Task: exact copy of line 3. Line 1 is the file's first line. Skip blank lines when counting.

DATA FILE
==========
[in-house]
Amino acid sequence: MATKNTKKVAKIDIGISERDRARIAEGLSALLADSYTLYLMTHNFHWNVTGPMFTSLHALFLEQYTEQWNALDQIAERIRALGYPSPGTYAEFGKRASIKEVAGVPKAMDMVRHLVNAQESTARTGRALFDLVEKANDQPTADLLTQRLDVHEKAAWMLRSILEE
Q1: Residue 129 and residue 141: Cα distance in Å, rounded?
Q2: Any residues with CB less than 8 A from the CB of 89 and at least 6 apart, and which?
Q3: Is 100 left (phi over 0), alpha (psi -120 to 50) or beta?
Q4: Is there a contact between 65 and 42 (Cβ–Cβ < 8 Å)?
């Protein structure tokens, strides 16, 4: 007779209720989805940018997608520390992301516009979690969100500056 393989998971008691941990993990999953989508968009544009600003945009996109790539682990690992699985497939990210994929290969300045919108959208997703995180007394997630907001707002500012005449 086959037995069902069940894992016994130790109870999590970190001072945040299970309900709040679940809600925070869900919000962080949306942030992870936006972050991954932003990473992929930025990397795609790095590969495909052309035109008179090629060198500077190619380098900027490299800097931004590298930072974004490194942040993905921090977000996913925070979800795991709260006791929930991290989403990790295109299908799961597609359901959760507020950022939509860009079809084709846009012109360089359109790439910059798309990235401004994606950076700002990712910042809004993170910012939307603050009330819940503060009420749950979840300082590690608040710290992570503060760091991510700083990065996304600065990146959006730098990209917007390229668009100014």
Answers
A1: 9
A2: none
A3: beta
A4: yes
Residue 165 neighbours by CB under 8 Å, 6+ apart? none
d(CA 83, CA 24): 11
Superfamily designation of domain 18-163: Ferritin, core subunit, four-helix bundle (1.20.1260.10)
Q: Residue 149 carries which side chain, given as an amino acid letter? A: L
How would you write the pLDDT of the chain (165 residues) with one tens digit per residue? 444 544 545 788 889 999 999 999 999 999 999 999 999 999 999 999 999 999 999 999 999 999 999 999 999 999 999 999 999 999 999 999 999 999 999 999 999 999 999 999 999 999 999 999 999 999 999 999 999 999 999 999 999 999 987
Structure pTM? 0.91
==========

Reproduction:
Q1: Residue 129 and residue 141: Cα distance in Å, rounded?